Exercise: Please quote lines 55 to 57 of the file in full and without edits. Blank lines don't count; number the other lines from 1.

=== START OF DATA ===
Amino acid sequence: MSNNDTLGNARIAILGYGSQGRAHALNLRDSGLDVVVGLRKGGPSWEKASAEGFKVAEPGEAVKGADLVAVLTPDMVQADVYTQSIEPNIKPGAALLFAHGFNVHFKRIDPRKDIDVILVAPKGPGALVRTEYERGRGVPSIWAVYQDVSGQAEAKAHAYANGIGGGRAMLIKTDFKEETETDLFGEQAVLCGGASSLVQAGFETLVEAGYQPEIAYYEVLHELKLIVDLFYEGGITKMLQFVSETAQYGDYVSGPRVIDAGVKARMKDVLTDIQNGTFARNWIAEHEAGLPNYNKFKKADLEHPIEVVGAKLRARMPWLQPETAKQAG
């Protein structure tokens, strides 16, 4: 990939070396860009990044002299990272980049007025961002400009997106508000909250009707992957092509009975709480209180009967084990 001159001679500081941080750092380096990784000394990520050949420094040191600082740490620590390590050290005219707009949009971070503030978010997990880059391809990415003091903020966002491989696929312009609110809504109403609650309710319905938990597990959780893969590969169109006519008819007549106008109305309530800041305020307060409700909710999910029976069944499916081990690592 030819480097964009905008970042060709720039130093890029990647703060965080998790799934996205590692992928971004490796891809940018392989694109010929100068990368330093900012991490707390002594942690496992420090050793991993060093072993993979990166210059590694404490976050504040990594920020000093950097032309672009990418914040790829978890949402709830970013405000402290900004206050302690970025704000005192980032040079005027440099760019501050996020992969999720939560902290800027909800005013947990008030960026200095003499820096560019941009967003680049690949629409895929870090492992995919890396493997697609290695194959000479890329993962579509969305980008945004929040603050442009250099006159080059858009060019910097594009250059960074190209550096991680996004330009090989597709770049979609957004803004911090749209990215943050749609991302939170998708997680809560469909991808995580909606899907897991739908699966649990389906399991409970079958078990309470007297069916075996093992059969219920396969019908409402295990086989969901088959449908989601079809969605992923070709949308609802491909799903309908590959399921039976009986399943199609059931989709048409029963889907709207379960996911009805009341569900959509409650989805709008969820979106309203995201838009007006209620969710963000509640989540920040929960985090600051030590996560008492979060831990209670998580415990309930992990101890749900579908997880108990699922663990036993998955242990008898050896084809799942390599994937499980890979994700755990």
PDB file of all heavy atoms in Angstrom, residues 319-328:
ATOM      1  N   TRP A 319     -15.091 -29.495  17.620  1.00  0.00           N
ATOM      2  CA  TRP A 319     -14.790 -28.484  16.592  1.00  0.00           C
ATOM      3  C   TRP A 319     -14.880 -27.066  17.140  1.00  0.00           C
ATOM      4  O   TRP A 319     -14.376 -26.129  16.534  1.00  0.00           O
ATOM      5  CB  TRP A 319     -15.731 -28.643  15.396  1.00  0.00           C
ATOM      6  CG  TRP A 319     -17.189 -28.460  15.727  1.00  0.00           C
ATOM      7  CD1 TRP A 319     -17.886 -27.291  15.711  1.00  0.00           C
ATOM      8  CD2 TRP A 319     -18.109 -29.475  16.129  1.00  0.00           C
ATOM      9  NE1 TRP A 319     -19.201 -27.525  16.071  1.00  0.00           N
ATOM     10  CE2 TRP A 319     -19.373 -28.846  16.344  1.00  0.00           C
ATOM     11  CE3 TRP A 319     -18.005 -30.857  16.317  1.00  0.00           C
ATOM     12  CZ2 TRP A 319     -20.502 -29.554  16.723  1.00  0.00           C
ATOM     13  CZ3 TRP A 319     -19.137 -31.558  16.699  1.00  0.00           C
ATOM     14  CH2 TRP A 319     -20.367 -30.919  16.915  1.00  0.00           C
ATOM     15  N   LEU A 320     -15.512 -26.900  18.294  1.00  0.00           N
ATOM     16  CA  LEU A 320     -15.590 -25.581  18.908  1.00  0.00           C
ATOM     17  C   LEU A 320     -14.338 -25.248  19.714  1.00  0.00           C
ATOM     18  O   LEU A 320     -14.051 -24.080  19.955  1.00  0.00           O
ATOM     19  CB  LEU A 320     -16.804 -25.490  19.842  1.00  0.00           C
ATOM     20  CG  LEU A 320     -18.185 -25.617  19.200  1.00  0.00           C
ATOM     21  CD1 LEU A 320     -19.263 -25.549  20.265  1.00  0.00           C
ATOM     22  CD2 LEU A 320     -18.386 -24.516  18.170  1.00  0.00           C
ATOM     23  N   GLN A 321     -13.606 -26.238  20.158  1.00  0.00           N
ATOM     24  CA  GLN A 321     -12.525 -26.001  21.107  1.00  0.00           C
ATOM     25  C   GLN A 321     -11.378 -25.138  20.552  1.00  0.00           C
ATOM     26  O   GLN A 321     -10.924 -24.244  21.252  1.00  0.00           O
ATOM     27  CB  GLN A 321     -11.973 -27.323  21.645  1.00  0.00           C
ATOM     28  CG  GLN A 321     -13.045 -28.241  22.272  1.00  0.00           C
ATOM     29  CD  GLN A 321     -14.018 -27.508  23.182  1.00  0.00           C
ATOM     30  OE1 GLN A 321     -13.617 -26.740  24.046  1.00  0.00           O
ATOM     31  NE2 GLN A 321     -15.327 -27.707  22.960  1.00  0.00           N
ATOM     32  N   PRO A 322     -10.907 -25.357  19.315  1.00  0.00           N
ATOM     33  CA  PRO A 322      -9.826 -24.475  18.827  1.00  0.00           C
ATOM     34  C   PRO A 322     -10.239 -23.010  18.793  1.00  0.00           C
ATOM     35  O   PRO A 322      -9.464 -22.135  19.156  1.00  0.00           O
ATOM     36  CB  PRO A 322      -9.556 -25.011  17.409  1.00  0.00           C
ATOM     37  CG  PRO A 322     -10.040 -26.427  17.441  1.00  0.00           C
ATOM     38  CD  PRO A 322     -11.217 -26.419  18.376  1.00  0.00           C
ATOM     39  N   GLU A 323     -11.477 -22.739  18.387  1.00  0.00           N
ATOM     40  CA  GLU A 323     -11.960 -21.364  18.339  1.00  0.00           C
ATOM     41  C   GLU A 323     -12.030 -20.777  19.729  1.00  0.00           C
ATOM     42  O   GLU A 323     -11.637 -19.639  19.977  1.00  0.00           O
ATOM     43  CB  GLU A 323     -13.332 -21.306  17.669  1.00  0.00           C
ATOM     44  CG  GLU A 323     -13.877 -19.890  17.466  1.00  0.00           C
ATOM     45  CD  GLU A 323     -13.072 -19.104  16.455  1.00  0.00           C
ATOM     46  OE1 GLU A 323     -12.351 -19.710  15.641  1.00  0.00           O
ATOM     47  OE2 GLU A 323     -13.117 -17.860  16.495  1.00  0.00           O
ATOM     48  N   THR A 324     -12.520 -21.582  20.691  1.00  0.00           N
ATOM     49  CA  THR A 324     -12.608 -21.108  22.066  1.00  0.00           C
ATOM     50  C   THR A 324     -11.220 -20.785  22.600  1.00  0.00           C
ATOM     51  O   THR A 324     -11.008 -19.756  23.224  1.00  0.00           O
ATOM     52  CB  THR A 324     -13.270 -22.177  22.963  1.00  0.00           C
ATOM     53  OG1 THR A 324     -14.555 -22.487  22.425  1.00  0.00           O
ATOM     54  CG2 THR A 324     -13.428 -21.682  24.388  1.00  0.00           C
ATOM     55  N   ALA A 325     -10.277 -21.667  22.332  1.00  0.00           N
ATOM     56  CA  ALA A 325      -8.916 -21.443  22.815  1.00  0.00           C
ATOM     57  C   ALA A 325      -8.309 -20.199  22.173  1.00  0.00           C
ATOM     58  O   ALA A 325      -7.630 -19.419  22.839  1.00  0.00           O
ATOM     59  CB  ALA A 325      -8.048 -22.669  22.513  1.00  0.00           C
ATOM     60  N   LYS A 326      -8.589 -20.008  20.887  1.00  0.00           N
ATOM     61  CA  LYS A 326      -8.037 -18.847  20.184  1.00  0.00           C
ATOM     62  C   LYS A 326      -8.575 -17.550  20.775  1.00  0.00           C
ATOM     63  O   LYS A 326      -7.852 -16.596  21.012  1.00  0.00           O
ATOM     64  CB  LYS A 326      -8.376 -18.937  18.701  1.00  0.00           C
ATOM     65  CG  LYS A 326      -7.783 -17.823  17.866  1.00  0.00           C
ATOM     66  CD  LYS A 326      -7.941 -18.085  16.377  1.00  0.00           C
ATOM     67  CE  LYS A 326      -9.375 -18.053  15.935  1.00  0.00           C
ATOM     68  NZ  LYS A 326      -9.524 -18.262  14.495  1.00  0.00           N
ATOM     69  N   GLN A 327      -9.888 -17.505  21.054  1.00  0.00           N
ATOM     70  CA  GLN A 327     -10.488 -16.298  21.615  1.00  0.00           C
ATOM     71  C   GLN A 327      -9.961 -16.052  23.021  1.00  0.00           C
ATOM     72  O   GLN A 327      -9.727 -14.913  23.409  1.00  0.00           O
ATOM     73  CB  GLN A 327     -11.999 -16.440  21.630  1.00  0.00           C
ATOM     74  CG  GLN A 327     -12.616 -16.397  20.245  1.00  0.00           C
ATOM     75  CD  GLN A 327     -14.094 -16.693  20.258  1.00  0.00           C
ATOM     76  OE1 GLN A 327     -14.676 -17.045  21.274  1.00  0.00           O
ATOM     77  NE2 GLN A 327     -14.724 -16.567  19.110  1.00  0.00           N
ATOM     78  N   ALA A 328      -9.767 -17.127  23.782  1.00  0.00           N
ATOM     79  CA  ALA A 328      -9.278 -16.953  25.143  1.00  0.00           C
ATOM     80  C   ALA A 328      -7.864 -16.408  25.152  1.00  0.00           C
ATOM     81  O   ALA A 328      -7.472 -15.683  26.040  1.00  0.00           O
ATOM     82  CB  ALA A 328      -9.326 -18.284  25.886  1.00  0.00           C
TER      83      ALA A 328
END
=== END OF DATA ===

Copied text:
ATOM     52  CB  THR A 324     -13.270 -22.177  22.963  1.00  0.00           C
ATOM     53  OG1 THR A 324     -14.555 -22.487  22.425  1.00  0.00           O
ATOM     54  CG2 THR A 324     -13.428 -21.682  24.388  1.00  0.00           C